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Old 05-13-2016, 01:22 AM   #15
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Originally Posted by dix39 View Post
I checked my manual and .001-.005 is the correct adjustment for my 93 P30. The "as I remember" adjustment stated earlier of .003-.007 is incorrect.

Sorry for trusting the sometimes poor memory.

Steve
I never trust my memory on critical items like bearings. Repacked my p30 bearings yesterday for about the ninth time and had to look up end play just to make sure. Still the original Timken bearings with about 200k miles, so with good maintenance those grease packed bearings perform very well. Reason for repack was I finally replaced the original rotors which have never been turned. I decided to buy new because one rotor was only .017 over minimum thickness. Simply wore away from friction.
Noticed the hubs and rotors were made by the Budd company which has been a supplier to the rail transportation industry and others since 1912. Budd designed the first all steel automobile body, but is most famous for their stainless steel rail streamliner passenger trains with vista domes. Budd and Timken bearings are certainly not junk that auto mfrs are continually accused of using.
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Old 05-14-2016, 12:28 PM   #16
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Originally Posted by Steady_Rest View Post
I never trust my memory on critical items like bearings. Repacked my p30 bearings yesterday for about the ninth time and had to look up end play just to make sure. Still the original Timken bearings with about 200k miles, so with good maintenance those grease packed bearings perform very well.
I couldn't agree more.

I always buy a factory shop manual for that particular year vehicle when I get one, and always consult it when I'm doing technical work (or when I get in trouble). :-))

Wheel bearings will last a long time when cared for. I always check them for temp right after after stopping following a long run when traveling. Significantly increased temp is a good indicator of a failing bearing.

Steve
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Old 05-19-2016, 06:44 AM   #17
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Arrow Specifications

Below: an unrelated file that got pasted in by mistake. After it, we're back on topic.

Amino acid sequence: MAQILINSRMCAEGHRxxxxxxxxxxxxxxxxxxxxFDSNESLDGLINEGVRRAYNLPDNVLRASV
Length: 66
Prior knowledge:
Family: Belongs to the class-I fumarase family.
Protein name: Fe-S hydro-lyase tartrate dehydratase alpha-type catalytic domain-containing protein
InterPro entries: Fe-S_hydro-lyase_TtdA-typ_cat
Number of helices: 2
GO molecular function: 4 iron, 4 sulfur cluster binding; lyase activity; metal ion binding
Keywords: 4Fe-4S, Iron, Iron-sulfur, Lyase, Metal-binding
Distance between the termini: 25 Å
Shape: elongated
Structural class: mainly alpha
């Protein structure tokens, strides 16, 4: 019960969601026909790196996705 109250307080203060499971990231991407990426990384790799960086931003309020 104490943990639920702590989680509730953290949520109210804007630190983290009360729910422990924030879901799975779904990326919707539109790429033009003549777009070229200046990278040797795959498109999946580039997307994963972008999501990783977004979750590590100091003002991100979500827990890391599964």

I have found finding and following the manufacturers instructions to be very helpful, having maintained mechanical equipment most of my life.

Here are two good resources for wheel bearings:

Proper Wheel Bearing Setting Recommendations

http://www.timken.com/en-us/solution...procedures.pdf

TOM
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Old 05-19-2016, 02:12 PM   #18
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It looks like, according to the second link, that .001 to .005 would be acceptable for most applications. Thanks for posting it.

How did you come up with oldmansax? Just curious, I've been trying to learn to play one of these things for several years and I'm 77.

Steve
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Old 05-19-2016, 04:01 PM   #19
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Talking

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How did you come up with oldmansax? Just curious, I've been trying to learn to play one of these things for several years and I'm 77. Steve
I'm an Old Man, (not as old as you but getting there) and I used to play the Sax. I haven't played in probably 20 years. Wore my original horn out and never bought another one.

Oldmansax was not taken so I took it! LOL!

TOM
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Old 05-19-2016, 04:07 PM   #20
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Thanks for the response.